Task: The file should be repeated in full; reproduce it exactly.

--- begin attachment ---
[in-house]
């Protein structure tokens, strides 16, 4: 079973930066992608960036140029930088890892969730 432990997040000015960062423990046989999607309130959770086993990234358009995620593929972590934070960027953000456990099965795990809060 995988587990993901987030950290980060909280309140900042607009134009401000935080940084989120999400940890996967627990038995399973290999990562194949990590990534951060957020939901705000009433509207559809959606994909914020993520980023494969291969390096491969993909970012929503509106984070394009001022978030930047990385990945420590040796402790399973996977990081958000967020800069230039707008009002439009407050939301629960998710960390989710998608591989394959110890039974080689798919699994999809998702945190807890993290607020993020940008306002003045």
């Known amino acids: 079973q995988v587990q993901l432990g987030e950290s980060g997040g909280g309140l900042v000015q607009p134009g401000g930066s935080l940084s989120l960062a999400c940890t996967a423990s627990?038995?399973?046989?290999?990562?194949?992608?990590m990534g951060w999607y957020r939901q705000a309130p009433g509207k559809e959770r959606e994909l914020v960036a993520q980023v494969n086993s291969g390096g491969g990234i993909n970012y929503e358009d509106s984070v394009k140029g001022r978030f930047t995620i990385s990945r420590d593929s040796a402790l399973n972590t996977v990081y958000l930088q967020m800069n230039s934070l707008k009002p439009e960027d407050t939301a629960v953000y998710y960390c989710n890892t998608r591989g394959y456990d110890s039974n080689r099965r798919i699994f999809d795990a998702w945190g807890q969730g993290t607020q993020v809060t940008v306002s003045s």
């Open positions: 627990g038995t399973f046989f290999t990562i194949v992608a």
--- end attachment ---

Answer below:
[in-house]
């Protein structure tokens, strides 16, 4: 079973930066992608960036140029930088890892969730 432990997040000015960062423990046989999607309130959770086993990234358009995620593929972590934070960027953000456990099965795990809060 995988587990993901987030950290980060909280309140900042607009134009401000935080940084989120999400940890996967627990038995399973290999990562194949990590990534951060957020939901705000009433509207559809959606994909914020993520980023494969291969390096491969993909970012929503509106984070394009001022978030930047990385990945420590040796402790399973996977990081958000967020800069230039707008009002439009407050939301629960998710960390989710998608591989394959110890039974080689798919699994999809998702945190807890993290607020993020940008306002003045």
């Known amino acids: 079973q995988v587990q993901l432990g987030e950290s980060g997040g909280g309140l900042v000015q607009p134009g401000g930066s935080l940084s989120l960062a999400c940890t996967a423990s627990?038995?399973?046989?290999?990562?194949?992608?990590m990534g951060w999607y957020r939901q705000a309130p009433g509207k559809e959770r959606e994909l914020v960036a993520q980023v494969n086993s291969g390096g491969g990234i993909n970012y929503e358009d509106s984070v394009k140029g001022r978030f930047t995620i990385s990945r420590d593929s040796a402790l399973n972590t996977v990081y958000l930088q967020m800069n230039s934070l707008k009002p439009e960027d407050t939301a629960v953000y998710y960390c989710n890892t998608r591989g394959y456990d110890s039974n080689r099965r798919i699994f999809d795990a998702w945190g807890q969730g993290t607020q993020v809060t940008v306002s003045s």
């Open positions: 627990g038995t399973f046989f290999t990562i194949v992608a």